- On 6 September 2012
- In Blog
Budapest to Bamako or Bust
Adventuring is not a solitary endeavour. Of course, rather obviously, you can’t just step out your house and walk aimlessly down the road to find something you’ve never found before. One needs a reliable mode of transport that will take you there.
Secondly, you need like-minded individuals to share your experiences with and hopefully be just as reliable as the bought, borrowed or hired 4×4‘s when it counts. These tough people are certainly the only ones you’ll want to have around on a 9 900 km adventure skirting out of Europe and down the Western edge of Africa.
Photos: Ray Leathern
Those of a too scrupulous nature won’t find what they’re looking for here. You’ll want people who always make sure they only live carefully enough to never miss a drink, an adventure, a fast trans-Saharan drive and a chance to make a difference. I’m talking about the 2013 Budapest to Bamako Great African Run, the biggest amateur rally in the world, and it’s all for charity.
Budapest to Bamako: a spiritual heir to Dakar
You could say Andrew, the talisman and organiser of the Budapest to Bamako, has created a spiritual heir to the classic Dakar. He is an internet entrepreneur and after trying to enter the Dakar in 2005 but not being able to due to a lack of funds, he decided to create a kinder, gentler, more liberal and affordable alternative. The Budapest to Bamako keeps the flame of trans-Saharan adventure alive. The start is not Paris, the finish is not Dakar, but the experience and the spirit of adventure is identical.
In 2009 and 2010 the Budapest to Bamako delivered €700 000 of aid to Africa. Proving that charity begins in the heart, the rally built a fresh-water well in Mauritania, and supplied an incubator, sterilization equipment and other medical supplies to a free-clinic in Bamako. Competitors erected solar panels in villages and several teams gave away their cars as ambulances when the adventure was finished. One team’s donated van went to the Institute for the Blind as a school bus. Each year the team performing the most outstanding charity work receives the Mother Teresa Charity Award.
The organisers say the average cost for a team of two, excluding the entry fee which can vary between €0 – €2 500 depending on your transport (if you’re brave enough to do it on a pizza scooter you get free entry), is around €4 000. This includes visas, vaccinations, insurance, permits, fuel, road tolls, the occasional ferry, nightly accommodation and food.
The reality of it is if you are considering entering the Budapest to Bamako yourself, you are going to be traversing through some of the most hostile environments on earth and competitors are urged by organisers to be as prepared as possible for the potential dangers.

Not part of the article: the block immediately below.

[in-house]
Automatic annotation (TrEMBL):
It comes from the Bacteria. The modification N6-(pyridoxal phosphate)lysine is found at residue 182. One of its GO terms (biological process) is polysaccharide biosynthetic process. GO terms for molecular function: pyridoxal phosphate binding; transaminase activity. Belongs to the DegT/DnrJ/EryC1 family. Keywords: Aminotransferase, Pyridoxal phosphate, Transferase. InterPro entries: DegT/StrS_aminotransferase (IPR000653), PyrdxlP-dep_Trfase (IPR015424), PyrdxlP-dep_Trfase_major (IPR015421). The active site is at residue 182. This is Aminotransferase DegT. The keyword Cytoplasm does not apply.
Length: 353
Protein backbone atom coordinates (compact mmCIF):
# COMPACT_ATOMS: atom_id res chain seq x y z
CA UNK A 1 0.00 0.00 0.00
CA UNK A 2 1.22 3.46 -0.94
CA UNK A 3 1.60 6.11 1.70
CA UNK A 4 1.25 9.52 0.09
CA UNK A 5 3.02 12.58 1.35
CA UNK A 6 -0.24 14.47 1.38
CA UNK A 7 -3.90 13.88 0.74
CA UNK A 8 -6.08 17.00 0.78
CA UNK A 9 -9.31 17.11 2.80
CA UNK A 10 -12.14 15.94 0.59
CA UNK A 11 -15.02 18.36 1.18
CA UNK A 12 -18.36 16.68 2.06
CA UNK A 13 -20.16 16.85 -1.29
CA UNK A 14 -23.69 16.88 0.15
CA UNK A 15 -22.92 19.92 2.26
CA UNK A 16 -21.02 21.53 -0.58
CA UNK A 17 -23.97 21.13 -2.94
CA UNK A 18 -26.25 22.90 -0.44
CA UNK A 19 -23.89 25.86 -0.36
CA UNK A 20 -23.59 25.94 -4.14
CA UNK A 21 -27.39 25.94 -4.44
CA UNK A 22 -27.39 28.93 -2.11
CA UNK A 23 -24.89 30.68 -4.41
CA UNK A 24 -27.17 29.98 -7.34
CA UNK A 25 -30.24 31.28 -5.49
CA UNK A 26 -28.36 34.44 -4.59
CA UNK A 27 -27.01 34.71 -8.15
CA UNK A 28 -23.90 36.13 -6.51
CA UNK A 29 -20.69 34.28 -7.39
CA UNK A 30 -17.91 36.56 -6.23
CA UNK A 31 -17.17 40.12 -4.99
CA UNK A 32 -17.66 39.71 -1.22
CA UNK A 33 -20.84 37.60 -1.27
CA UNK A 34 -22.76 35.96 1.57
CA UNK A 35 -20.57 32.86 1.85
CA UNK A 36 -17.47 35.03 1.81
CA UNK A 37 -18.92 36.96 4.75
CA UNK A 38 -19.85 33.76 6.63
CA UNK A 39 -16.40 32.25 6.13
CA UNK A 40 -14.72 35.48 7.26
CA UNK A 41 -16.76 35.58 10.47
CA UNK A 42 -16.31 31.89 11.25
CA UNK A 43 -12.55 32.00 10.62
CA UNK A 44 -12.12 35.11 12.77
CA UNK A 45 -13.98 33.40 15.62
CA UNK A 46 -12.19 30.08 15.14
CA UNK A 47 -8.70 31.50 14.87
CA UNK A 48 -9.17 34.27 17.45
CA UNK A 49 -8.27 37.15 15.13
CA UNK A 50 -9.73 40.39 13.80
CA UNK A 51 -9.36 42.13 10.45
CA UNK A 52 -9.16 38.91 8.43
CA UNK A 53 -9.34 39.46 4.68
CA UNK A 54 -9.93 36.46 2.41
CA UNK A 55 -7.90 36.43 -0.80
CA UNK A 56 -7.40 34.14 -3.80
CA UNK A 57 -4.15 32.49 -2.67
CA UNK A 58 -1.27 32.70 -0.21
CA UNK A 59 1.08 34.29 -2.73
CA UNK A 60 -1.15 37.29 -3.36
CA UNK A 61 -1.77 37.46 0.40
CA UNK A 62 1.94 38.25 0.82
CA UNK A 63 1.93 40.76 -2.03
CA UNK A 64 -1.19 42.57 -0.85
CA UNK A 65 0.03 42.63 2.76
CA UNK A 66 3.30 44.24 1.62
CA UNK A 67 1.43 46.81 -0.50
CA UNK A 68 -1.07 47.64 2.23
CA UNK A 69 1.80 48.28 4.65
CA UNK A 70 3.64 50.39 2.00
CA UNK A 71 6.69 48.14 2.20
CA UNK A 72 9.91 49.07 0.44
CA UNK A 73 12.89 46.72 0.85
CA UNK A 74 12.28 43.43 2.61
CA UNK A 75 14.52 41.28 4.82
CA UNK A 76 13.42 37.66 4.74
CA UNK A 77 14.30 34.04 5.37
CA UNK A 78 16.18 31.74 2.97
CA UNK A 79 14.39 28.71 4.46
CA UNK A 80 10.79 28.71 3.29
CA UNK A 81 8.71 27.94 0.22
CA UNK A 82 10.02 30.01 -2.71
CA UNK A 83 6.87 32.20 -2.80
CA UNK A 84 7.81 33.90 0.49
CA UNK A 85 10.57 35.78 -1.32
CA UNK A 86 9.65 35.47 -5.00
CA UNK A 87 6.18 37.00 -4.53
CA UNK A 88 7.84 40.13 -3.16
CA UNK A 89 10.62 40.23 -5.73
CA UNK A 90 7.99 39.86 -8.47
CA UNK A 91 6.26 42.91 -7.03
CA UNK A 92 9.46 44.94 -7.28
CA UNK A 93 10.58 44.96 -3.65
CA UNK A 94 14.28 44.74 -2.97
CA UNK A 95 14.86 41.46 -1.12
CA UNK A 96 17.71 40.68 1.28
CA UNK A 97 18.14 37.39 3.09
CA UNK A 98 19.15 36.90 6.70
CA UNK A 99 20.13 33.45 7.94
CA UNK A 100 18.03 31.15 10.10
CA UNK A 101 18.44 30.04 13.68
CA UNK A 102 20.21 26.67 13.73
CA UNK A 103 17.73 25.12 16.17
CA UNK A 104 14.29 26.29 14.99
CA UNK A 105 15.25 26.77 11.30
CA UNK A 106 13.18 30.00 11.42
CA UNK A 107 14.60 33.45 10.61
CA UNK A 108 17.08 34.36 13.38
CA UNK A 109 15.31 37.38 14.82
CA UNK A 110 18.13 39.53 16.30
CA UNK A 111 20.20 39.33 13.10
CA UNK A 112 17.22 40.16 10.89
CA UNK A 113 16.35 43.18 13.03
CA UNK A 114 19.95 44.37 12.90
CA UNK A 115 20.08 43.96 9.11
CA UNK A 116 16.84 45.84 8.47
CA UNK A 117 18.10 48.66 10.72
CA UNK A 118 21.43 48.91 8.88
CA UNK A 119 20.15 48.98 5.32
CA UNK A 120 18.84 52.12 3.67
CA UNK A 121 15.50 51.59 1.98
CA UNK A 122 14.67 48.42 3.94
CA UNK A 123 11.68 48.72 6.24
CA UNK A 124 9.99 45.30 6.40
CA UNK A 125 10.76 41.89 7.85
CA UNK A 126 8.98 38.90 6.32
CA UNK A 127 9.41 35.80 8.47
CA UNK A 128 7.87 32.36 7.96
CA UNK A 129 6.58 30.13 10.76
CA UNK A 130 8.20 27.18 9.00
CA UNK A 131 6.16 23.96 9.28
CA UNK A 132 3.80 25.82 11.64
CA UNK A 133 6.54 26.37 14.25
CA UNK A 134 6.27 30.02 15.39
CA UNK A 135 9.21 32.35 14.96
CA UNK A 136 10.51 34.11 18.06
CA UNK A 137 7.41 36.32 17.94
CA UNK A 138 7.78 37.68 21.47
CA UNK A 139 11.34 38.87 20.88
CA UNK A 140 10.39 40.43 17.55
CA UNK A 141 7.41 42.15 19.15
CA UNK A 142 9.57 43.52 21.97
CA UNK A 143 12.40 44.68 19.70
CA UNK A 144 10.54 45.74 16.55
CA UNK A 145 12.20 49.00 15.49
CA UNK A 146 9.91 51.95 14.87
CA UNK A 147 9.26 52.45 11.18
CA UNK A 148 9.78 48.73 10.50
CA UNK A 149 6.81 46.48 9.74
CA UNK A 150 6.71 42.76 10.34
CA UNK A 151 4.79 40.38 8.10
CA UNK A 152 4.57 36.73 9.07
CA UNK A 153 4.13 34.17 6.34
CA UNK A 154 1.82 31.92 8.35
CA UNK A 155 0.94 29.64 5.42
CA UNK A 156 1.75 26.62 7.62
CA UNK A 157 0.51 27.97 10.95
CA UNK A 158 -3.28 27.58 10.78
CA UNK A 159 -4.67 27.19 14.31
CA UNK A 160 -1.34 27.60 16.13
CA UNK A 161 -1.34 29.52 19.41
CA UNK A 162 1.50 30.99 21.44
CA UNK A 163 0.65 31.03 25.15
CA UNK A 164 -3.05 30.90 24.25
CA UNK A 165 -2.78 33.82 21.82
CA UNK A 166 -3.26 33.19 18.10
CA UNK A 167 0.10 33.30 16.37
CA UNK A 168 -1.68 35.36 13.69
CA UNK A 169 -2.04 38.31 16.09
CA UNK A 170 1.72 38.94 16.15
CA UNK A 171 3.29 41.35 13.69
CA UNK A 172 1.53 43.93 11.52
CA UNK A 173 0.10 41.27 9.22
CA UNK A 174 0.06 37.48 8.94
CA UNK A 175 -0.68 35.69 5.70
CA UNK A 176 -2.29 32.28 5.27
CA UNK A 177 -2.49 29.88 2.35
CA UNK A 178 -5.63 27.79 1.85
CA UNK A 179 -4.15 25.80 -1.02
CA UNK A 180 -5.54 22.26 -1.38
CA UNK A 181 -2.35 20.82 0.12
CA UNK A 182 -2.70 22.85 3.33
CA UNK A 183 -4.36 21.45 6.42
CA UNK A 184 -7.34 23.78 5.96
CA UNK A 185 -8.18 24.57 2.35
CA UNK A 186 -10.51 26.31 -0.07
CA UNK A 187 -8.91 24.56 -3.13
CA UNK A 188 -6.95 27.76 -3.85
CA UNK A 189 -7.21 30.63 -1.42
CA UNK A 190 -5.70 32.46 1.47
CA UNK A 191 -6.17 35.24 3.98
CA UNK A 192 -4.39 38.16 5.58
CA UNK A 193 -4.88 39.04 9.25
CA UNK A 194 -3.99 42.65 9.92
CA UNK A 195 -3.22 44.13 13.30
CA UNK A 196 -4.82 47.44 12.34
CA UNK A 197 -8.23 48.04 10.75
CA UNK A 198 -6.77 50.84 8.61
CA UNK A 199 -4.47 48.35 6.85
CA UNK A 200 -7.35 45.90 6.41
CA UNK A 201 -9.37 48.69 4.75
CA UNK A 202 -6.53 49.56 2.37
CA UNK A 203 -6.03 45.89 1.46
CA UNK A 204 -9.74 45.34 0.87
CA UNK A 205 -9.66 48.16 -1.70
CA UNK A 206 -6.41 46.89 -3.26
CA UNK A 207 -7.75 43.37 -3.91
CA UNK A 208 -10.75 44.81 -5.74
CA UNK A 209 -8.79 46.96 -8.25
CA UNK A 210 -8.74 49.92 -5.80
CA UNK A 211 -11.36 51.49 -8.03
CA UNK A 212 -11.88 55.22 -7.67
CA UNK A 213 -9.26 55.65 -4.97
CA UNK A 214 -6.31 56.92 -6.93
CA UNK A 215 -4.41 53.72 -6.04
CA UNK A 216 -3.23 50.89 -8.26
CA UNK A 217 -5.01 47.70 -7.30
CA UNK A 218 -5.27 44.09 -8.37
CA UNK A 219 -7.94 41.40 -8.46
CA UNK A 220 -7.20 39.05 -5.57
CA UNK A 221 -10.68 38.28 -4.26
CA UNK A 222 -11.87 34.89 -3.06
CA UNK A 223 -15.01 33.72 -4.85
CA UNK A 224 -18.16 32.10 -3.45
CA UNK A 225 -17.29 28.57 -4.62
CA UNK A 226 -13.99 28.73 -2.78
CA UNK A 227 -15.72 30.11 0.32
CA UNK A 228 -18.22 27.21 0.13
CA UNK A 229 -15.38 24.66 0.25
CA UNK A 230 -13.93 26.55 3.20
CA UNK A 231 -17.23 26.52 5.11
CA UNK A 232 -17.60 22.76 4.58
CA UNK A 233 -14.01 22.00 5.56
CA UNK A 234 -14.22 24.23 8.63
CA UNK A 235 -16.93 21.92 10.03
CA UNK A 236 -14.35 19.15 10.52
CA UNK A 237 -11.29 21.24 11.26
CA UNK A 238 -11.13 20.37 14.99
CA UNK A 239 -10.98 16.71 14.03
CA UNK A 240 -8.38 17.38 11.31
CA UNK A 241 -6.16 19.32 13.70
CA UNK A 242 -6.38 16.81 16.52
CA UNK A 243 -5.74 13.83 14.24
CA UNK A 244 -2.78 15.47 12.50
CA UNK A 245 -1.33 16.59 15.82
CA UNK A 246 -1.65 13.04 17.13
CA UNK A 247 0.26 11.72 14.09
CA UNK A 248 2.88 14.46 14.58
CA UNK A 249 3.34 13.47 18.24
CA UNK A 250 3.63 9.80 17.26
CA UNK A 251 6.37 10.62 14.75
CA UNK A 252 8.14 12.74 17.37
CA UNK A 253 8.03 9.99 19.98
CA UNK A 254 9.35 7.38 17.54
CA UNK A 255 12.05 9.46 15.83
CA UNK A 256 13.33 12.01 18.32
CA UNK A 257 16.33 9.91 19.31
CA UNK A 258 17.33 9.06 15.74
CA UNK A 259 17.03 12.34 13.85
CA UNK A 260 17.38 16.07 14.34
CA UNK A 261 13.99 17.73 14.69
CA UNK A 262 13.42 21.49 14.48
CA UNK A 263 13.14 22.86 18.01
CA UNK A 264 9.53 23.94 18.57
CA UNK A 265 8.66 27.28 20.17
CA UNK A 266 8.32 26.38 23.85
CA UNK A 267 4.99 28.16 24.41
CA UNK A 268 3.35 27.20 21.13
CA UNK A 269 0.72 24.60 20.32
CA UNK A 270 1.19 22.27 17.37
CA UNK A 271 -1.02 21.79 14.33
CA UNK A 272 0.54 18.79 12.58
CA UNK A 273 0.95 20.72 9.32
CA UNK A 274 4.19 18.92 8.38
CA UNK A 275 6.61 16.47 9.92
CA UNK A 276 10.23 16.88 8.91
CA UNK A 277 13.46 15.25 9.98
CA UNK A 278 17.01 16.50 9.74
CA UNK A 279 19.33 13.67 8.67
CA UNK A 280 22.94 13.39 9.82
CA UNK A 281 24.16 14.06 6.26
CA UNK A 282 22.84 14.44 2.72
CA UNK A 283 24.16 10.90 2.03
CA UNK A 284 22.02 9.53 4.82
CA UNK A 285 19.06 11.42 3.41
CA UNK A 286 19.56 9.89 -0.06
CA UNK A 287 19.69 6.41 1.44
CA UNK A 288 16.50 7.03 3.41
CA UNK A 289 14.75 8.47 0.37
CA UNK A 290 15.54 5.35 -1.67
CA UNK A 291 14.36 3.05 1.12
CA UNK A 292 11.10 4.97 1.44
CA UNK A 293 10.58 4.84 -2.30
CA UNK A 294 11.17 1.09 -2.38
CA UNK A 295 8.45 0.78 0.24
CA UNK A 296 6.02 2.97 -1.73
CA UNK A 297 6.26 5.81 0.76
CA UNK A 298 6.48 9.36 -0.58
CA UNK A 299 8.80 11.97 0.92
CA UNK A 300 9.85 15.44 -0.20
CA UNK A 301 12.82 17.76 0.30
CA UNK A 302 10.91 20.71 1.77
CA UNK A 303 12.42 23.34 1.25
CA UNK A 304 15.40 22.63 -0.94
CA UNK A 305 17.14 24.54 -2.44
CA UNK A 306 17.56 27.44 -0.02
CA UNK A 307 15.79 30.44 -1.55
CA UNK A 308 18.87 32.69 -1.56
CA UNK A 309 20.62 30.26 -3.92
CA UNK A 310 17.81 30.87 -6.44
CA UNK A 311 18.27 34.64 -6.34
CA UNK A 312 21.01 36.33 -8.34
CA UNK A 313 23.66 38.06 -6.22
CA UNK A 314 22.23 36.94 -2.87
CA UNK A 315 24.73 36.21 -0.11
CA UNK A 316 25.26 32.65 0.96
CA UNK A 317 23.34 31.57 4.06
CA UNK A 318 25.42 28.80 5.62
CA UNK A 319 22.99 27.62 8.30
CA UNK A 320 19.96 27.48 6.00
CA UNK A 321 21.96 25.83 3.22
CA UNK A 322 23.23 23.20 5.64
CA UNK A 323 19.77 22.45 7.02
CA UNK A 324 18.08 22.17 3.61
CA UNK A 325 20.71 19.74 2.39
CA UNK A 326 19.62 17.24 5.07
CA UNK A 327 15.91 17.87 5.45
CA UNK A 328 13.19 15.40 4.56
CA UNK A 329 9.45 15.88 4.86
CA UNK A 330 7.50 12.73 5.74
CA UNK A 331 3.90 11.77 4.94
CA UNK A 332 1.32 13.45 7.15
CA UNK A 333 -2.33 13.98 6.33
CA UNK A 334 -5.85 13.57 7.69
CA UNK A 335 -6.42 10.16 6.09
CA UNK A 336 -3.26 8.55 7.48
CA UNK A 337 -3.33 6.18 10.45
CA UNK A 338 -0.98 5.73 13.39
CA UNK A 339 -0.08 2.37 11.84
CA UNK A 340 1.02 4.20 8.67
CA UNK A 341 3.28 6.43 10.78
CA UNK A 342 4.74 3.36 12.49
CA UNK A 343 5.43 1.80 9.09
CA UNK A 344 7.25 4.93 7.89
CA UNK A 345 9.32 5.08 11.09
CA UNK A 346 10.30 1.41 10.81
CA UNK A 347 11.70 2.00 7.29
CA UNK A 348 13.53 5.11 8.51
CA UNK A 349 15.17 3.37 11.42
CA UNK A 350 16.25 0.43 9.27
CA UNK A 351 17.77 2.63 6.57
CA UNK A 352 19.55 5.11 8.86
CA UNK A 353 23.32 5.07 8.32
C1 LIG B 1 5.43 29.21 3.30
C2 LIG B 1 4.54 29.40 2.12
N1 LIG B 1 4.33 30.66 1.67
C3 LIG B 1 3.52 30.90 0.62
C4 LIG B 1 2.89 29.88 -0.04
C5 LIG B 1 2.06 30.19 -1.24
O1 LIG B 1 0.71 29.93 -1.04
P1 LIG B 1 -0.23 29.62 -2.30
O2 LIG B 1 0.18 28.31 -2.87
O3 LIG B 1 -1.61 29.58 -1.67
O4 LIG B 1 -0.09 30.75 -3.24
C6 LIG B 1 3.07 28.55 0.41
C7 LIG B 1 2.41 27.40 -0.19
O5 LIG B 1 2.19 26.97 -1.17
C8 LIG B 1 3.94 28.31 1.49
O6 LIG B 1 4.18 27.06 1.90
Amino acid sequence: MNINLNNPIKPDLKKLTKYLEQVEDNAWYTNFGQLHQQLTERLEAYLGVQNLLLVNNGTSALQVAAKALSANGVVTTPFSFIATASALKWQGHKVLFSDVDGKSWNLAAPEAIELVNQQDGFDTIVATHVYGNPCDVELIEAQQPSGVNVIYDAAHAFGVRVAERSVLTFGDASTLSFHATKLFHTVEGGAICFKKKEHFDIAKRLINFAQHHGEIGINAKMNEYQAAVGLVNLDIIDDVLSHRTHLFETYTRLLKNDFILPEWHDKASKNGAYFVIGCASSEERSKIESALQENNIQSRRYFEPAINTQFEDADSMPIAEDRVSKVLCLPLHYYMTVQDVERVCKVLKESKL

2013 Budapest to Bamako Great African Run will be even greater
Organisers say the 2013 route will be more spectacular and longer than ever with an average travel of 500 km per day.
The start on 25 January 2013 in Budapest is a major event with thousands lining the streets of the Hungarian capital. The route travels through Austria, Italy, France and along the coast of Spain through continental Europe. After leaving Europe and crossing the Mediterranean by ferry on day two, Morocco’s spectacular (sometimes teeth rattling) mountain roads, rocky paths across the Atlas and the Sahara will take teams to the Bani mountains.
Mauritania will offer up pure Africa Sahara with golden sand dunes, soft desert paths and fast salt flats, passing through the Banc D’Arguin National Park – a Unesco World Heritage Site. This is followed by a dash through the red clay roads of Mali, possibly one of the top destinations in Africa, under beautiful, ancient baobab trees.
The leg in Guinea leads competitors along West Africa’s largest river, the Niger and allows them to experience the ancient cultures and untouched villages along the way, all in the hope of changing colonial stereotypes. The wetlands, jungles and rich wildlife will await teams in Guinea-Bissau, the former, Portuguese colony, which is also the final stop for the rally.
Year after year, the Budapest to Bamako plays out as arguably one of the world’s most epic adventures against the backdrop of being the largest amateur rally in the world. There were over 500 entrants from around the world this year. Organisers are hoping for even more in the future. Cleary ‘car people’ and their adventurous spirit are alive and well in the world.
For more information about this year’s rally visit: http://www.BudapestBamako.org.